Niobium Used As A Photoactive Semiconductor

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As energy demand increases and environmental concern rises, people start to search for new renewable energy sources such as wind, solar, and geothermal power. Lots of advanced techniques including artificial photosynthesis and water-splitting reaction are developed to generate solar fuels. Moreover, photoactive semiconductor materials like Niobium are also utilized to enhance the efficiency of these processes.


Figure 1. Niobium

This article is going to explore these reactions and the niobium-based catalyst. Hope that you can have a better understanding of how we acquire solar fuel energy with niobium-based photoactive materials.

How Does Artificial Photosynthesis Happen?

In order to obtain solar energy, scientists got inspiration from Nature. Natural photosynthesis harnesses the power of sunlight and stores it in the form of glucose. This process takes place inside green plants and serves as the foundation of all living creatures. Natural photosynthesis also accounts for the formation of fossil coals. Artificial photosynthesis mimics the natural process and converts sunlight into hydrogen and other solar fuels. Such a process happens in photosynthetic cells and requires the assistance of photoactive catalysts.

artificial photosynthesis


Figure 2. Artificial Photosynthesis

How Does Water Splitting Occur?

The synthetic reaction can be divided into hydrogen evolution and the photo-reduction of carbon dioxide. The first evolution part is also called water splitting in artificial photosynthesis. As for natural photosynthesis, water is oxidized, and oxygen and protons release consequently. Meanwhile, carbon dioxide is transformed into glucose. In terms of artificial photosynthesis, various water-splitting catalysts are employed, and the protons gained can be converted into hydrogen. In this way, the clean, stable, and transportable hydrogen energy is produced efficiently.

The synthetic process has three steps.

  • The first step is the harvest of light photons. Initially, only light at wavelengths of about 400-700 nm could be absorbed. Nowadays, a wider band in the solar spectrum can be utilized with the help of photo-catalysts.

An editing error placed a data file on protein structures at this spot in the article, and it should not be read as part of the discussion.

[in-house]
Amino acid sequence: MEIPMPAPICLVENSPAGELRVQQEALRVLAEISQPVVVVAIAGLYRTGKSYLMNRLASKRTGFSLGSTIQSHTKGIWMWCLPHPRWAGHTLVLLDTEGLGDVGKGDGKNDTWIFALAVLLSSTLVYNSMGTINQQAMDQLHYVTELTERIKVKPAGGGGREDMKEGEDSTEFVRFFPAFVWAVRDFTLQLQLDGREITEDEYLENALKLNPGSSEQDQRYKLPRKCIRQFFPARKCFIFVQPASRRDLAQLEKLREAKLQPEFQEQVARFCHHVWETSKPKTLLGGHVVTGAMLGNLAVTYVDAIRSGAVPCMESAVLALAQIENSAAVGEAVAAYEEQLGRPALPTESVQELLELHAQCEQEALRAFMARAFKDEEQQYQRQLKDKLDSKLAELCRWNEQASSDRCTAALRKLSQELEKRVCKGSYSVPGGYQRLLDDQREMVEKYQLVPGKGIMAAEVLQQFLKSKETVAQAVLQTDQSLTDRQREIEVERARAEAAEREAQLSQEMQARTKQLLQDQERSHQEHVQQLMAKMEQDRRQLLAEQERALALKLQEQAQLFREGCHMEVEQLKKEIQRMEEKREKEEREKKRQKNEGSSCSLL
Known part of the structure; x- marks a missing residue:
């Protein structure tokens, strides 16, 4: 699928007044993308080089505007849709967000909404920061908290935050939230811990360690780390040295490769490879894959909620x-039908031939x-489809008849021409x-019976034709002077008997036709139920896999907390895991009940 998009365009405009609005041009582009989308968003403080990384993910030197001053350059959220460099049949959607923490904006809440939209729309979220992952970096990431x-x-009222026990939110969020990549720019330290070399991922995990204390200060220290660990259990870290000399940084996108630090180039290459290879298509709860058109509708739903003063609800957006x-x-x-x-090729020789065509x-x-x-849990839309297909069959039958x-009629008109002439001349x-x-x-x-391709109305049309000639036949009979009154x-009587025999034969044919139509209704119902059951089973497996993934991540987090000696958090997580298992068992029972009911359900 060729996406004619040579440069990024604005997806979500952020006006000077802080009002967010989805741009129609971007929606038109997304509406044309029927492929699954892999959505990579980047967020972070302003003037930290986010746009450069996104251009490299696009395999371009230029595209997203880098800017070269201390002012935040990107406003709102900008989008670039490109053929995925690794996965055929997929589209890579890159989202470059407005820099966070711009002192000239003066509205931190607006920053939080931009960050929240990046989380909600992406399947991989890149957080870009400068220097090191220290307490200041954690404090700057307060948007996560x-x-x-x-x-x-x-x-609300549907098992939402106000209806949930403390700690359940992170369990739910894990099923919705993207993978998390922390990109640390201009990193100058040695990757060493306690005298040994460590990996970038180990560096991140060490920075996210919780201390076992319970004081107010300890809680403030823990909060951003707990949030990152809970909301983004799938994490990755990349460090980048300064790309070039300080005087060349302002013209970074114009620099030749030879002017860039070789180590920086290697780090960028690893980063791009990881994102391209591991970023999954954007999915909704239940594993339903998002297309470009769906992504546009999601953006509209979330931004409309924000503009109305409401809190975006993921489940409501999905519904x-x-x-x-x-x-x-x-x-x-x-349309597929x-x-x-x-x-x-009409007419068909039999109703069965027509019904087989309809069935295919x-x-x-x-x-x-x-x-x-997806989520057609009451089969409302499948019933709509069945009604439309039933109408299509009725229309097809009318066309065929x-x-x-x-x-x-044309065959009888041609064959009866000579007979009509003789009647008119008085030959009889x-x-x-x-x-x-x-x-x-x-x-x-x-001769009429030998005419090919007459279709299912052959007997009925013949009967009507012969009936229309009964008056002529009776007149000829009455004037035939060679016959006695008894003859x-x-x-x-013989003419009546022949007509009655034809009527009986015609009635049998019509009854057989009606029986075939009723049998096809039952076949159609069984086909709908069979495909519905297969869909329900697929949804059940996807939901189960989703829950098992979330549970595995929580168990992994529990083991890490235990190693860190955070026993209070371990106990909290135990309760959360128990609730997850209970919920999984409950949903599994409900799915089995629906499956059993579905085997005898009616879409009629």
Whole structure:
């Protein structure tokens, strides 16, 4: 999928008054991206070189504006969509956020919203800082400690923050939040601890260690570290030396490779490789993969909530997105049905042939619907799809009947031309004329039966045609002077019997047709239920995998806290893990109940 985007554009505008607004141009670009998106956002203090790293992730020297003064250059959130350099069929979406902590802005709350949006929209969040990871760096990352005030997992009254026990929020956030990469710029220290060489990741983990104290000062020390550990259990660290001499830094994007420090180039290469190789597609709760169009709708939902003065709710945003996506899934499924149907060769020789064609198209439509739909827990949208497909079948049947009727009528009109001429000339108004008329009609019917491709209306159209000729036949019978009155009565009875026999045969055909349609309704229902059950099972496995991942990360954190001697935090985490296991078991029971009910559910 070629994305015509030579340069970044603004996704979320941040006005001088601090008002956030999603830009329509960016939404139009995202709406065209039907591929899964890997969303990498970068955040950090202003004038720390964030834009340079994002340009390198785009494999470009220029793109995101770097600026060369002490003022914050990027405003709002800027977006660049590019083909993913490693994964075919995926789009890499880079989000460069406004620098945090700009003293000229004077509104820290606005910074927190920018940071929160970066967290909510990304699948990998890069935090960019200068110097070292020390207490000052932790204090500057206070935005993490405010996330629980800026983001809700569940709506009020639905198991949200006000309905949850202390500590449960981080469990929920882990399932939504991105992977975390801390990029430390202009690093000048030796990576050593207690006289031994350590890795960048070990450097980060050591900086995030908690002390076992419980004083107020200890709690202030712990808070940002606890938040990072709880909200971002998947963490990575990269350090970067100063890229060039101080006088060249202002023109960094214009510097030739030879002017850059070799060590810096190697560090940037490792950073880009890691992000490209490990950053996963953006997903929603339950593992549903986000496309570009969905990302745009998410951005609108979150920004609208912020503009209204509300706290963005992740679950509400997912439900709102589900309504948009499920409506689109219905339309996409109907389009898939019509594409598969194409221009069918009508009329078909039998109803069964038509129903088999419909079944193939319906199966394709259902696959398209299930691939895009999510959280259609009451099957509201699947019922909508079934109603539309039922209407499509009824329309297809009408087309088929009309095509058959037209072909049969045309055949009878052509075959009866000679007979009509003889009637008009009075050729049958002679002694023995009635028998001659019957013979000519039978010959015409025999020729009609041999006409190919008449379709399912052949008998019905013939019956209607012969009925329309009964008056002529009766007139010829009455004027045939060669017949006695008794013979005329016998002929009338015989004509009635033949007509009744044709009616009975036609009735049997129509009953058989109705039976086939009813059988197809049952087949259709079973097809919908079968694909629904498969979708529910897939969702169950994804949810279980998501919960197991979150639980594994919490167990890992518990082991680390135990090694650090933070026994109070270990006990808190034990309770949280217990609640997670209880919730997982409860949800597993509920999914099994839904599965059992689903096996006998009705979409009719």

• Next, transfer the charge generated to the surface of catalysts.
  • The last and most important procedure is the water-splitting reaction. Photo-electrochemical cells, semiconductor nanowires, and proton-conducting membranes are also needed.

Niobium-based Photoactive Water Splitting Catalyst

Niobium-based photoactive semiconductors have been extensively used as water-splitting catalysts because of the following features.

  • Desirable bandgap: The photo-catalyst must have the desirable bandgap that allows the oxidation and reduction reactions to happen. Namely, the catalyst should have a minimum bandgap of 1.23eV so that H2O would change into O2 and H+ would transform into H2.
  • Positive conduction band: The valence band and conduction band matter. The more positive the conduction band is, the higher reduction potential the catalyst has. For instance, niobates possess a more positive position of conduction bands compared with tantalates, so they have higher reduction potentials for redox reactions.
  • Special structures: Niobium-based semiconductors have special structures, so they have better photocatalytic performance. Niobium compounds have different structures due to their crystallization. For instance, the symmetry of NbO4-tetrahedral and NbO6-octahedral units could be easily tailored, and Nb5+ has a large affinity to oxygen.
  • Various types: Nb-based materials can be categorized into three types. Niobium pentoxide stands out for its electronic and morphological properties. Niobium-layered compounds are promising photo-catalysts with a 2D layered arrangement and a large surface area. You can add niobium as a dopant agent to improve the reaction efficiency as well.

Other Uses of Niobium

Niobium is a grey ductile metal with a range of applications.

About 90% of niobium is used to manufacture high-end steel. Adding a small amount of niobium to the steel could increase the strength, toughness, and corrosion resistance of steel. The weldability and formability could also be improved.

Niobium is commonly applied to make superconducting materials as well. The well-known Apollo Service Module, the Large Hadron Collider, and the International Thermonuclear Experimental Reactor employed numerous superconductors.

Related reading: 10 Important Uses Of Niobium


A variety of niobium-based photoactive semiconductors are used as catalysts to enhance the performance of artificial photosynthesis and solar water splitting because of their chemical and structural properties. Advanced Refractory Metals (ARM) is a leading supplier of niobium and its alloys. For more information, please check our homepage.


[1] Celal Avcıoğlu, Suna Avcıoğlu, Maged F. Bekheet, Aleksander Gurlo (2022). Solar hydrogen generation using niobium-based photocatalysts: Design strategies, progress, and challenges. Materials Today Energy, 24.

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